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Temporal trends in cardiovascular disease risk factors among white, South Asian, Chinese and black groups in Ontario, Canada, 2001 to 2012: a population-based study.

Chiu M, Maclagan LC, Tu JV, Shah BR - BMJ Open (2015)

Bottom Line: The prevalence of hypertension increased the most among black females.Smoking prevalence decreased by more than 20% among South Asian, Chinese and white females.Awareness of the direction and magnitude of these risk factor trends may be useful in informing targeted strategies for preventing cardiovascular diseases in multiethnic populations.

View Article: PubMed Central - PubMed

Affiliation: Institute for Clinical Evaluative Sciences, Toronto, Ontario, Canada.

No MeSH data available.


Related in: MedlinePlus

Summary of trends in major cardiovascular risk factors among males and females by ethnicity, Ontario, Canada. Data were derived from the Ontario components of Statistics Canada's Canadian Community Health Surveys. Arrows ↑↓ indicate ≥20% increases or decreases in major cardiovascular risk factor prevalences comparing the estimates for 2009-2012 to estimates for 2001-2004. *P<0.05.
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BMJOPEN2014007232F4: Summary of trends in major cardiovascular risk factors among males and females by ethnicity, Ontario, Canada. Data were derived from the Ontario components of Statistics Canada's Canadian Community Health Surveys. Arrows ↑↓ indicate ≥20% increases or decreases in major cardiovascular risk factor prevalences comparing the estimates for 2009-2012 to estimates for 2001-2004. *P<0.05.

Mentions: Figure 4 summarises the trends in the major cardiovascular disease risk factors among males and females of the different ethnic groups. Trends for which the per cent change was more than 20% are shown—overall, the prevalence of cardiovascular disease risk factors appeared to be worsening the most in South Asian males (ie, large increases in diabetes, hypertension and overweight/obesity prevalence), black males (ie, large increases in diabetes and obesity prevalence) and black females (ie, large increases in diabetes and hypertension prevalence). Black females also showed the greatest increase in the prevalence of hypertension.


Temporal trends in cardiovascular disease risk factors among white, South Asian, Chinese and black groups in Ontario, Canada, 2001 to 2012: a population-based study.

Chiu M, Maclagan LC, Tu JV, Shah BR - BMJ Open (2015)

Summary of trends in major cardiovascular risk factors among males and females by ethnicity, Ontario, Canada. Data were derived from the Ontario components of Statistics Canada's Canadian Community Health Surveys. Arrows ↑↓ indicate ≥20% increases or decreases in major cardiovascular risk factor prevalences comparing the estimates for 2009-2012 to estimates for 2001-2004. *P<0.05.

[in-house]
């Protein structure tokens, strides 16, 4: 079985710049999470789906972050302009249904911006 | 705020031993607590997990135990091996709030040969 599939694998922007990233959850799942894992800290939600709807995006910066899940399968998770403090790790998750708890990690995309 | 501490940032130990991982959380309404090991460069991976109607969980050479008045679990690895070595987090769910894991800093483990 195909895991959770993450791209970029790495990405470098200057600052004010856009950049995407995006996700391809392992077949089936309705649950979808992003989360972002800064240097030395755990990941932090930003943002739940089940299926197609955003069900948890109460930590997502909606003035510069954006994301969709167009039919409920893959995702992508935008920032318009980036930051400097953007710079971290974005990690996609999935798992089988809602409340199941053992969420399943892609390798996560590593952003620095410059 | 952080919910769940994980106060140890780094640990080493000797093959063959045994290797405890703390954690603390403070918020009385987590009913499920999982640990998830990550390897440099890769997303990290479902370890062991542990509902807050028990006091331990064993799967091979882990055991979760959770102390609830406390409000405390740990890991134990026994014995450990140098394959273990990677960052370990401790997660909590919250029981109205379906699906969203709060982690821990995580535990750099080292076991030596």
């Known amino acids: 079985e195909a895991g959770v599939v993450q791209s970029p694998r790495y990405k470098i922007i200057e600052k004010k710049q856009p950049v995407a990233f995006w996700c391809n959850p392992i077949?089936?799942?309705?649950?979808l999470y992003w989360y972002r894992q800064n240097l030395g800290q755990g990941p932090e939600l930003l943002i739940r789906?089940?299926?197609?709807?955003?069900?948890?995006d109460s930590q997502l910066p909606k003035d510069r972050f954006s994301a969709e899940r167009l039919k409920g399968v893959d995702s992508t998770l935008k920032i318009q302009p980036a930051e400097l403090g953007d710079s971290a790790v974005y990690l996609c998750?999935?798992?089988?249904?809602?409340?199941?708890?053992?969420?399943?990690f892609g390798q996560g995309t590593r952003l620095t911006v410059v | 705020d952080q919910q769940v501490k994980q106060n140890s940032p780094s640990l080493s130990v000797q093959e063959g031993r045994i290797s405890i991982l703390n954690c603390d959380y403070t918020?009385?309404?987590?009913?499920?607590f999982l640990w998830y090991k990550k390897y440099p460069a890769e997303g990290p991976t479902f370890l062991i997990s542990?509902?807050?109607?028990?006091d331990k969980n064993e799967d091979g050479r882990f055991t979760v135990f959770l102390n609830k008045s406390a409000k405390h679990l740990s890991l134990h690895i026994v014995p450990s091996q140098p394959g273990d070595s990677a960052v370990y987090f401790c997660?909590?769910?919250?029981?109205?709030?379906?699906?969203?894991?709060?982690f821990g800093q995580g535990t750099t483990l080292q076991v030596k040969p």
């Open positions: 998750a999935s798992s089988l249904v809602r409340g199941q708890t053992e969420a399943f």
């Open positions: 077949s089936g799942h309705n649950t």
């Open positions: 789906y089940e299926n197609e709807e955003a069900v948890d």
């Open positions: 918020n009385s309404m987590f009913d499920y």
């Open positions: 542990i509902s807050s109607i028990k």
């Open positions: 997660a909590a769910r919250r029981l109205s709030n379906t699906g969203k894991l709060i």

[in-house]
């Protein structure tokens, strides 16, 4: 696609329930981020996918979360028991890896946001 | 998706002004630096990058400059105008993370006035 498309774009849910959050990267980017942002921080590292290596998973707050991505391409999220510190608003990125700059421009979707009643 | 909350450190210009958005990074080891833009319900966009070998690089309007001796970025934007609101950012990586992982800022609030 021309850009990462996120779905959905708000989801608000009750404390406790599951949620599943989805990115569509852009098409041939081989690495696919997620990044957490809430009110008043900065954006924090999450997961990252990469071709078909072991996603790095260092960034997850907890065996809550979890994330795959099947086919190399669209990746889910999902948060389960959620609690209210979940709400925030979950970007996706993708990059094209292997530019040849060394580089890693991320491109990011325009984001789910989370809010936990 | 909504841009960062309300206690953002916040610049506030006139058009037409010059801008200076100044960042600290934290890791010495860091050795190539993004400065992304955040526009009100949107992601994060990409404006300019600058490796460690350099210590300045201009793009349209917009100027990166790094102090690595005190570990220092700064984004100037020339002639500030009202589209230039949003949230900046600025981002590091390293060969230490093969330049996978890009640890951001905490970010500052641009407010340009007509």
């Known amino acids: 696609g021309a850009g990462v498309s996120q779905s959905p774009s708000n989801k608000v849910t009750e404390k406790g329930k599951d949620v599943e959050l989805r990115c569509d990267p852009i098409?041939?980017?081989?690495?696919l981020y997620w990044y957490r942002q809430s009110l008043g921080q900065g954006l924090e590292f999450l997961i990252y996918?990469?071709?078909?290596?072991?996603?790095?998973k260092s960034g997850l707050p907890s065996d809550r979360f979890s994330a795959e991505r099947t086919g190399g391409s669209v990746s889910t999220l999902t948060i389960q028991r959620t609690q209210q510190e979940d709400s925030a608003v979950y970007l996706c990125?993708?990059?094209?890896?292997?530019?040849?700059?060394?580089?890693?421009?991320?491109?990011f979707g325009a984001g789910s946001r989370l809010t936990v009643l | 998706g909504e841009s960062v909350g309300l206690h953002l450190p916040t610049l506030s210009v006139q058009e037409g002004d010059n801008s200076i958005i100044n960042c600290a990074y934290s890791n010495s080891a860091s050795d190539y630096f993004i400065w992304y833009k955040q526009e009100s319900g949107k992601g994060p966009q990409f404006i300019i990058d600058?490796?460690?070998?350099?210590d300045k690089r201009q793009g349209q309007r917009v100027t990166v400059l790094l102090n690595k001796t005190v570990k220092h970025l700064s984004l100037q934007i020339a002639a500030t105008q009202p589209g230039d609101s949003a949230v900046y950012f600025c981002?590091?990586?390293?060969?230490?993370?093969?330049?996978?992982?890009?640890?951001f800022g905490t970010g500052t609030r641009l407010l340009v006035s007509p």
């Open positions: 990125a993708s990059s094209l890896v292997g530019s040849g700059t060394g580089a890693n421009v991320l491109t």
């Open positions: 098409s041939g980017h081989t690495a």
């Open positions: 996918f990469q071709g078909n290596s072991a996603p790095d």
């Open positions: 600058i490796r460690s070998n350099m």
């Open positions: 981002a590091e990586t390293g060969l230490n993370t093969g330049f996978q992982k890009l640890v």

© Copyright Policy - open-access
Related In: Results  -  Collection

License
Show All Figures
getmorefigures.php?uid=PMC4538273&req=5

BMJOPEN2014007232F4: Summary of trends in major cardiovascular risk factors among males and females by ethnicity, Ontario, Canada. Data were derived from the Ontario components of Statistics Canada's Canadian Community Health Surveys. Arrows ↑↓ indicate ≥20% increases or decreases in major cardiovascular risk factor prevalences comparing the estimates for 2009-2012 to estimates for 2001-2004. *P<0.05.
Mentions: Figure 4 summarises the trends in the major cardiovascular disease risk factors among males and females of the different ethnic groups. Trends for which the per cent change was more than 20% are shown—overall, the prevalence of cardiovascular disease risk factors appeared to be worsening the most in South Asian males (ie, large increases in diabetes, hypertension and overweight/obesity prevalence), black males (ie, large increases in diabetes and obesity prevalence) and black females (ie, large increases in diabetes and hypertension prevalence). Black females also showed the greatest increase in the prevalence of hypertension.

Bottom Line: The prevalence of hypertension increased the most among black females.Smoking prevalence decreased by more than 20% among South Asian, Chinese and white females.Awareness of the direction and magnitude of these risk factor trends may be useful in informing targeted strategies for preventing cardiovascular diseases in multiethnic populations.

View Article: PubMed Central - PubMed

Affiliation: Institute for Clinical Evaluative Sciences, Toronto, Ontario, Canada.

No MeSH data available.


Related in: MedlinePlus